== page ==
we explain to you why the president had to flee his palace

we explain to you why the president had to flee his palace

Who is in charge of Sri Lanka? President Gotabaya Rajapaksa fled the presidential palace in Colombo before protesters invaded to demand his resignation on Saturday July 9. The Prime Minister also announced his resignation. We explain to you what we know about these riots, two months after violent clashes which had already led to the resignation of the previous head of government.

The presidential palace and the residence of the Prime Minister stormed

Several hundred demonstrators invaded the presidential palace located in Colombo, the economic capital of Sri Lanka, as well as the enclosure of the ministry of Finance and the presidential offices, according to Reuters*. Hundreds of thousands of people were also gathered in the surrounding streets to demand the resignation of the head of state. Some then entered the private residence of the Prime Minister, Ranil Wickremesinghe, in his absence “and they set it on fire” according to the services of the head of government.

Videos broadcast live by some protesters show the crowd entering the presidential secretariat compound. Some bathed in the swimming pool or lay down amusedly in the bedrooms of the residence.

Security forces had imposed a curfew on Friday, but it was ignored and then lifted after threats of legal action by the opposition. They tried to disperse the crowd by shooting in the air and using tear gas. Three people were shot and killed and 52 others were injured, according to Colombo’s main hospital.

The president on the run, the Prime Minister will resign

Gotabaya Rajapaksa fled minutes before the protesters arrived at around 10 a.m. local time. The President, elected in 2019, “was escorted to safety” and “is protected by a military unit”, according to a Defense source to AFP. But government officials admitted they were unaware of Gotabaya Rajapaksa’s intentions. “We are waiting for instructions”, a senior official told AFP. Party leaders have called for the president’s resignation, according to a member of parliament on Twitter*.

After an emergency meeting to which the leaders of the political parties were invited, Prime Minister Ranil Wickremesinghe proposed to resign to form a new government of national unity. “To ensure the continuity of government and the safety of citizens, I accept the recommendation of party leaders today to make way for an inclusive government”wrote the official on Twitter*, adding: “I will resign from my post as Prime Minister.”. He too was moved to a safe place, according to his services.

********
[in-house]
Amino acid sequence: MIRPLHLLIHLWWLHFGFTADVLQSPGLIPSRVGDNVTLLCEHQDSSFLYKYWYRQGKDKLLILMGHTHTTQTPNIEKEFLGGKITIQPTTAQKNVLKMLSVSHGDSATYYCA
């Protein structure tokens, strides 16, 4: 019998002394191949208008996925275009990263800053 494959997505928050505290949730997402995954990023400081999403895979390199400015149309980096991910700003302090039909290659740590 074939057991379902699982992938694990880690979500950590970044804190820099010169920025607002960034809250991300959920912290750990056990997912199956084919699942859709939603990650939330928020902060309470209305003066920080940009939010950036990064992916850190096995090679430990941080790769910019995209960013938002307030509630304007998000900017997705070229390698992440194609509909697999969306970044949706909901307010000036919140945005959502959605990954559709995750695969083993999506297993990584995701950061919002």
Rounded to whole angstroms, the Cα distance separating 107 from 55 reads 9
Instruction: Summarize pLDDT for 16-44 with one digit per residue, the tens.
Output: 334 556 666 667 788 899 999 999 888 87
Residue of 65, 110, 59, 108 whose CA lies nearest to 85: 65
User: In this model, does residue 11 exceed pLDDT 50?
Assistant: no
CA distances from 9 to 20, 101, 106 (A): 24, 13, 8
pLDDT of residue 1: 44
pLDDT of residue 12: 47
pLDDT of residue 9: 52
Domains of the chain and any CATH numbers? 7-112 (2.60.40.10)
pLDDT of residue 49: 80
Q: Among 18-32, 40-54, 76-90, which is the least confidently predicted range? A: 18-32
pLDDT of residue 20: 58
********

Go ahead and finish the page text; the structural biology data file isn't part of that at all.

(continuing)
Ranil Wickremesinghe was brought back to power in May after the resignation of then prime minister and brother of the president, Mahinda Rajapaksa, in the face of previous protests over the economic crisis. In the event of the resignation of the two main political figures of the country, it is the President of Parliament who must exercise the presidency ad interim for 30 days. During this period, the deputies will have to appoint a new president within the Assembly to ensure the end of the mandate of Gotabaya Rajapaksa, until 2024.

Sri Lankans exasperated by the economic crisis

The demonstrators accuse Gotabaya Rajapaksa and his entourage of being responsible for the economic crisis that the country has been going through since 2021, the worst in its history since independence. Protesters have been camping outside the offices of the presidency for three months. In May, demonstrations had already left nine dead and hundreds injured.

The country suffers from widespread shortages: it no longer has enough fuel to meet its usual consumption, power outages are daily and consumer prices rose by 54.6% year on year in June, according to the Bank center*. The national currency has lost almost 50% of its value since March, and the country, deprived of the windfall of tourism with the Covid-19 crisis, has been unable to pay its external debt of 51 billion dollars since April. The country has started bailout talks with the International Monetary Fund.

A situation aggravated by the war in Ukraine and a series of political decisions, such as a forced switch to 100% organic farming in April 2021 which caused a collapse in production and which was canceled six months later. Faced with these difficulties, 86% of families eat less or skip entire meals, according to the World Food Programme*. Schools and non-essential government services have also been closed until further notice*.

* Links followed by an asterisk are in English.